This report uses the latest available data to summarise the health of females in Australia including health behaviours and risk factors, the impact of COVID-19 on health, chronic conditions, sexual and reproductive health, leading causes of disease burden and how females access health care.

Females experience more of their total disease burden due to living with disease rather than from dying early from disease and injury.

Australian females experience different health outcomes to males. Leading causes of ill health and death for females include anxiety disorders, back pain and problems, chronic obstructive pulmonary disease (COPD) and coronary heart disease. They are also more likely to have multiple chronic conditions.

Females are more likely to experience sexual violence and intimate partner violence.

Females are more likely to seek health care such as general practitioners (GP) and health professionals for their mental health.

Female health varies for some population groups in socioeconomic areas, and for those living in rural and remote areas.

This report focuses on females aged 18 and over, and the term females refers to females aged 18 and over unless otherwise specified. To learn more about the health outcomes of males, see The health of Australia’s males, for the health of children, see Australia’s children, and for the health of youths, see Australia’s youth.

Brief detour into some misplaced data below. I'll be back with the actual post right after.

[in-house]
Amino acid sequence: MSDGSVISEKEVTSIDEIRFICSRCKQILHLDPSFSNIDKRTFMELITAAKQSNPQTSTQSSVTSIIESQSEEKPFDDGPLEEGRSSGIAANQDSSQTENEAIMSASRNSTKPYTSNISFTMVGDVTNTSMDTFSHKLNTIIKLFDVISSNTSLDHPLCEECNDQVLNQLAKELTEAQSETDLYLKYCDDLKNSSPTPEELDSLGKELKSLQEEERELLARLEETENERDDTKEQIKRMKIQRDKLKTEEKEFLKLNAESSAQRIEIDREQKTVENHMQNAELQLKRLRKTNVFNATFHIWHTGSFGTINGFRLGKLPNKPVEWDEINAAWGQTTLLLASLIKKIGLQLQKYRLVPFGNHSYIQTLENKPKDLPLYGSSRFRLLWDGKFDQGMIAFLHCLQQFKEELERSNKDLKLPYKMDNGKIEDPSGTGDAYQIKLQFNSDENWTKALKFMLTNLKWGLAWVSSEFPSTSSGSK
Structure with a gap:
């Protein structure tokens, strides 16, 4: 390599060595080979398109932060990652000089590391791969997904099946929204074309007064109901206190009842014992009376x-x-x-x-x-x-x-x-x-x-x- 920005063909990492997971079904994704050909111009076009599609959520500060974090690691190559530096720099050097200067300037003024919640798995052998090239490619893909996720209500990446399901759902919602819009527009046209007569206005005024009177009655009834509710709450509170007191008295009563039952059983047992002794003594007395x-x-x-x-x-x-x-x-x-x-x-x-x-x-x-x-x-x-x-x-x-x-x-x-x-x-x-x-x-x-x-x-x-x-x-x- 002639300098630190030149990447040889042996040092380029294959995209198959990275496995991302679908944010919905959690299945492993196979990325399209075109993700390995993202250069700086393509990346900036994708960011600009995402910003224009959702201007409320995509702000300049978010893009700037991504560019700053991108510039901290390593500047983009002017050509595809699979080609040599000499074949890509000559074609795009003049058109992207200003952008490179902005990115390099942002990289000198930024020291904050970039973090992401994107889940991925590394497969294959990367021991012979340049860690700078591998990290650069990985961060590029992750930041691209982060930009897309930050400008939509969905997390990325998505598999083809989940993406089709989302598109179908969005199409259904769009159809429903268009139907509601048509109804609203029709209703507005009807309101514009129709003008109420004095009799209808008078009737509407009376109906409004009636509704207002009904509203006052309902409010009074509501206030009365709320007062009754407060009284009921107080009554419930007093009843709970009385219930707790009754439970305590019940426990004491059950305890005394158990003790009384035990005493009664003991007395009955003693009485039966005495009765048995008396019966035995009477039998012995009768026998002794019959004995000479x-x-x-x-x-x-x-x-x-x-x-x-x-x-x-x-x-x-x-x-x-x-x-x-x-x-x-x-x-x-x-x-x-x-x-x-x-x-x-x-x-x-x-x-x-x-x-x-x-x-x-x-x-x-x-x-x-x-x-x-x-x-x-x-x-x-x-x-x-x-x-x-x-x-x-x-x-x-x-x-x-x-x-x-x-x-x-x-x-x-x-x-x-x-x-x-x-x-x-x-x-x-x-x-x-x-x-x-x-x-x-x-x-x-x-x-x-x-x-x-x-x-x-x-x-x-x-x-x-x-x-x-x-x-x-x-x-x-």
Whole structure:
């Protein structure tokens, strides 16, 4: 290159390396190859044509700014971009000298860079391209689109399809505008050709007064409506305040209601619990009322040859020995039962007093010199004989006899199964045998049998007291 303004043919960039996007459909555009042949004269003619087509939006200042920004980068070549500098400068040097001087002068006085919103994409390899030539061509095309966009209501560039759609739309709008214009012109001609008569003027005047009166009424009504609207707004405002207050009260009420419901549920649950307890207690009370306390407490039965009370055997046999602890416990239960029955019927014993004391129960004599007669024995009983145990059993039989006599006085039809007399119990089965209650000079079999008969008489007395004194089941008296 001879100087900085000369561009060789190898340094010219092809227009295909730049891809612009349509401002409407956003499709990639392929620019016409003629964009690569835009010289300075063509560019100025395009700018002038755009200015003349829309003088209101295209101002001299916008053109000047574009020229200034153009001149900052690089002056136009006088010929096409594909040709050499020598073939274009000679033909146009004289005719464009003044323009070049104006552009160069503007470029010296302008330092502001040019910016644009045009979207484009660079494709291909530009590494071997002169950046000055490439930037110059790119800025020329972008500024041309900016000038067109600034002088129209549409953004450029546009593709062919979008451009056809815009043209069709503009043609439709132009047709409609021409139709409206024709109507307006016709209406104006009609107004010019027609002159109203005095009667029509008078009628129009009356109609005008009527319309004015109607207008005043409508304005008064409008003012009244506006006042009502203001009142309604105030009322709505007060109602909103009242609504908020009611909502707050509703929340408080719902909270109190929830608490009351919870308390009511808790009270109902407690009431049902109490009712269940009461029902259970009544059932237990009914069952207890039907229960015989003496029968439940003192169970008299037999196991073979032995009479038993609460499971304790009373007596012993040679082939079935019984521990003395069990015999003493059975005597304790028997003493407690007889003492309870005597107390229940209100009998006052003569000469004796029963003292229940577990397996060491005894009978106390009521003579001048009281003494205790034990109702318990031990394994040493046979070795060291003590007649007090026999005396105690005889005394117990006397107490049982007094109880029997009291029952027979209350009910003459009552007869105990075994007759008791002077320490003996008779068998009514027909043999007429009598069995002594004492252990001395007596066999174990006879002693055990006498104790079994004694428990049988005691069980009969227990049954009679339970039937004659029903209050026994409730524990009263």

For more information on reporting of sex and gender at the AIHW, see AIHW data by sex and gender.

Data by sex and gender

This web report focuses on female health. A separate web report focuses on male health.

The use of the word ‘female’ in this report may relate to either sex or gender due to the nature of the data sources that we use. Most current data sources do not record sex and gender as separate concepts so it can be unclear which is the focus. For example, a survey may ask participants for their ‘sex’ or ‘gender’, but in each case, a participant can respond to the question according to how they identify, or how they interpret the question. In other instances, an interviewer conducting a survey may assume a person’s sex or gender rather than ask. Similarly, for administrative data, a health service provider may not ask a person to specify their sex or gender.

The AIHW is working towards including other categories when reporting by sex or gender. However, it is not always possible to do so as data on other categories may not be available. The AIHW is only able to report on the sex or gender categories that are available in the health service or program administrative records, or survey, that provide us with the underlying data.

For more information on reporting of sex and gender at the AIHW, see AIHW data by sex and gender.